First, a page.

The NVIDIA Kepler Architecture forms the base of the Tesla K80, and this GPU is used for speeding the data analytics and scientific computing tasks. This GPU is inclusive of GPU boost and 4,992 NVIDIA CUDA cores.

The Tesla K80 can deliver 480 GB memory bandwidth, 8.73 teraflops of performance, and 24 GB of GDDR5 memory.

NVIDIA Tesla A100

Multi-instance GPU technology and tensor core form up the NVIDIA Tesla A100, which was designed for the operations of HPC, deep learning, and machine learning. This GPU has the scalability of thousands of units and can be divided into 7 GPU instances depending on the workload.

The Tesla A100 is capable of delivering 1,555 GB memory bandwidth, 624 teraflops performance, 600GB/s interconnects, and 40GB memory.

Google TPU

Google’s Tensor Processing Units have slightly different working and purposes. The TPUs are ASICs that are cloud-based and used for deep learning. TPUs are available only on the Google Cloud Platform and used with TensorFlow.

Google TPUs can deliver 128 GB high bandwidth memory and 420 teraflops of performance, and its pod versions have a 2D toroidal mesh network, 100 petaflops of performance, and 32TB HBM.

NVIDIA Tesla P100

NVIDIA Pascal Architecture forms the NVIDIA Tesla P100, designed for deep learning and HPC operations. The NVIDIA Tesla P100 delivers a 4,096-bit memory bus, 21 teraflops of performance, and 16GB of memory.

Try Super-fast, Secure Cloud GPU Today!

How to Optimize GPU Performance for Deep Learning

Here are few tips and tricks to optimize your cloud GPU server for high computing performance.

  • Setting the correct CUDA version: When running deep learning tasks on a GPU, it is important to ensure that the correct version of CUDA is installed and being used. Different versions of CUDA can have different performance characteristics and may not be compatible with certain deep learning frameworks. To ensure optimal GPU performance, it is important to check the version of CUDA being used and make sure it is the correct version for the specific deep learning task.
  • Using GPU-enabled libraries: Many deep learning frameworks, such as TensorFlow and PyTorch, have built-in support for GPU acceleration. When using these frameworks, it is important to use the GPU-enabled version of the library in order to take advantage of the GPU’s computational power. Additionally, there are libraries like CUDA and cuDNN which are specifically optimized for GPU computation.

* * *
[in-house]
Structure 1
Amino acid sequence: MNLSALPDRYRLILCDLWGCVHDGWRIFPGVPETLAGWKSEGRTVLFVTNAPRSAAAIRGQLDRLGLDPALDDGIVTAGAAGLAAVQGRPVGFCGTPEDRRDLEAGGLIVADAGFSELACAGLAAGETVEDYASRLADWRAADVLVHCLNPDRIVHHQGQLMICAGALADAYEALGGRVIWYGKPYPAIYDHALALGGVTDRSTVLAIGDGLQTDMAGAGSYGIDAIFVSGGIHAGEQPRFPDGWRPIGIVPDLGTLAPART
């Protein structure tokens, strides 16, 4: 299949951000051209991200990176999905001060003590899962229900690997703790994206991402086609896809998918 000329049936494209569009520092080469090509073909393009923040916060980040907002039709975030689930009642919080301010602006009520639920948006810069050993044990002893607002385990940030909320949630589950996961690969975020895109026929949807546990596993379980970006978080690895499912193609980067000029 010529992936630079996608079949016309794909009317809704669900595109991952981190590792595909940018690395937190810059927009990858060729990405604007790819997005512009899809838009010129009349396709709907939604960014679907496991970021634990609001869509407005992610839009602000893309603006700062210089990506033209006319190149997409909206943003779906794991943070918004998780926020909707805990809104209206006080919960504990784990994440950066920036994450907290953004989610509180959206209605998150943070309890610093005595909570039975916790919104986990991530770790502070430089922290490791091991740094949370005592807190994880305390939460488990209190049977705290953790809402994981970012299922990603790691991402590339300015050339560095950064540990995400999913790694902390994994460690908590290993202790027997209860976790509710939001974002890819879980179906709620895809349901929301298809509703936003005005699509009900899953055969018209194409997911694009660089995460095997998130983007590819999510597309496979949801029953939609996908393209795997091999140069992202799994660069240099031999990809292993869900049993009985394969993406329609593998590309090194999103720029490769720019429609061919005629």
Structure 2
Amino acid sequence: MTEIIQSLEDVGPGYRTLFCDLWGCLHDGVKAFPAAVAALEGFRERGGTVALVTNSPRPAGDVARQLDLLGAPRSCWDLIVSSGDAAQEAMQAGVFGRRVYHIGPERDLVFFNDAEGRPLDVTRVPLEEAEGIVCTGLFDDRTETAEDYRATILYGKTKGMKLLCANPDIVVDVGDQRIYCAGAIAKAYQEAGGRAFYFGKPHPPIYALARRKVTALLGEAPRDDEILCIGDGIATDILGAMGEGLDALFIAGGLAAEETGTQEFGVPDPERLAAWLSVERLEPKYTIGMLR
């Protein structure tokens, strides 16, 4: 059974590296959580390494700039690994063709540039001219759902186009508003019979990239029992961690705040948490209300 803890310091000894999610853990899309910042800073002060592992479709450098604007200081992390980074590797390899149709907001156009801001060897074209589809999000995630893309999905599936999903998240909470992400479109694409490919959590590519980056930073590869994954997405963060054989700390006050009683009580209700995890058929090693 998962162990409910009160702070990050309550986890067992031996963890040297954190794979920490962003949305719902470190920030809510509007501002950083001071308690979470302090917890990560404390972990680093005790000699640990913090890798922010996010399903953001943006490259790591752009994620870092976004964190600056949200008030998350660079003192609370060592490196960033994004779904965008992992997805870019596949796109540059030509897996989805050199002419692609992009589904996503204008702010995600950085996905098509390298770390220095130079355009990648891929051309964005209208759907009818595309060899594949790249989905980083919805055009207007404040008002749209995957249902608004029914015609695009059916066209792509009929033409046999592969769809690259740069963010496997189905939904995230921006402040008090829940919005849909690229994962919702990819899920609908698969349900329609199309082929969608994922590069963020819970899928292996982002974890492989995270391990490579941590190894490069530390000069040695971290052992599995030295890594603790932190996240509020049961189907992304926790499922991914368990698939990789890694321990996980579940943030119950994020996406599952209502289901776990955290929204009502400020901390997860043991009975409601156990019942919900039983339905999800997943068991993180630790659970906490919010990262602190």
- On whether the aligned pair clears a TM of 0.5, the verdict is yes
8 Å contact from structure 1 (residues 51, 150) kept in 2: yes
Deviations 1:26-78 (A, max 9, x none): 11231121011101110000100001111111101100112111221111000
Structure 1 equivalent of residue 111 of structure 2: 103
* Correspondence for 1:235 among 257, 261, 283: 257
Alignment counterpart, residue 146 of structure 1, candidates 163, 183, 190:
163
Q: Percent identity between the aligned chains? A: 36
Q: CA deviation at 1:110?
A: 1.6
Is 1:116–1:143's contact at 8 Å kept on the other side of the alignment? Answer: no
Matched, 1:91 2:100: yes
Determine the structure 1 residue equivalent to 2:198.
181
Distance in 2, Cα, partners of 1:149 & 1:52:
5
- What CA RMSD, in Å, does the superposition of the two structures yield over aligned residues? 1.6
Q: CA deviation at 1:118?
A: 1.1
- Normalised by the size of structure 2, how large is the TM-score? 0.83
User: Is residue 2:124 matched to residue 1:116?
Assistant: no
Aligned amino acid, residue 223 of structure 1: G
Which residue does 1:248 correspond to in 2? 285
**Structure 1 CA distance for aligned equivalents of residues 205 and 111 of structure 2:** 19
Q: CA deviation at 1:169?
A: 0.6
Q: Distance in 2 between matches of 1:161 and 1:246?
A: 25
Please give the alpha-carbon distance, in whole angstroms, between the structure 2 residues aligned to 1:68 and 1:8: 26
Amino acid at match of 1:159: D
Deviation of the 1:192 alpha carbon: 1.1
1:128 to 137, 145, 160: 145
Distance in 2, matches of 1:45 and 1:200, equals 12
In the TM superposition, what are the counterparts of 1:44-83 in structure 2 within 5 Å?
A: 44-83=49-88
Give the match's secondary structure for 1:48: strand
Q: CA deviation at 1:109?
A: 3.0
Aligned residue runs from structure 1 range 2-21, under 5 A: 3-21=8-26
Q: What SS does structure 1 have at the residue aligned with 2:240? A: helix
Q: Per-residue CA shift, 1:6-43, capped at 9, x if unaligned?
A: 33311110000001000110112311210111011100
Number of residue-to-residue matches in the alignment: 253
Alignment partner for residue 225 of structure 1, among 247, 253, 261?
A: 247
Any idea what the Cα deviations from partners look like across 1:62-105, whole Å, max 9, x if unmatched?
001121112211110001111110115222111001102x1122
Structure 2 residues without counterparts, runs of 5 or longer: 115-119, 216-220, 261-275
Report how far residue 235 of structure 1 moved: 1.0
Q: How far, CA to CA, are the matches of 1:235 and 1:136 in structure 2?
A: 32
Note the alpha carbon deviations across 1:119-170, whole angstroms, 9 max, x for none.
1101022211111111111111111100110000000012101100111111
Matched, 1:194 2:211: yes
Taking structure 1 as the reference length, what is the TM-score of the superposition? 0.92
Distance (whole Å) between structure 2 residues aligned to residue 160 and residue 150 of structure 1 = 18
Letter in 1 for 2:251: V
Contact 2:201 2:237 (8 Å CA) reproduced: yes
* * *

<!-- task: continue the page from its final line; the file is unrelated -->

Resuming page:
• Minimizing data transfer between CPU and GPU: Transferring data between the CPU and GPU can be time-consuming and slow down the training process. To minimize data transfer, it is important to ensure that the data being used is stored on the GPU memory. This can be achieved by using libraries like CuPy that copy the data to the GPU memory before computation.
  • Batch size: The batch size is the number of samples used in one iteration of training. Increasing the batch size can improve the performance of the GPU. It is important to experiment with different batch sizes to find the optimal value for the specific deep learning task.
  • Regularly monitoring GPU utilization: Monitoring the GPU utilization during training can help identify bottlenecks and inefficiencies in the deep learning process. This can be done using tools like nvidia-smi that provide detailed information about GPU utilization, memory usage, and other performance metrics.

Wrapping Up

In conclusion, choosing the best GPU for deep learning is an important step in ensuring that deep learning tasks are performed efficiently and effectively.

The progress of deep learning operations requires high computational power, and when compared with CPUs, GPUs deliver better processing power, parallelism, and memory bandwidth. Hence, GPUs are ideal for machine learning and deep learning tasks.

To find the best GPU for deep learning, it is recommended to consider the specific needs of the deep learning task, such as memory capacity, precision requirements and power consumption. Additionally, it is important to consider the cost of the GPU and to experiment with different GPUs to find the one that offers the best performance for the specific deep learning task.

People Also Reading:

Chat With A Solutions Consultant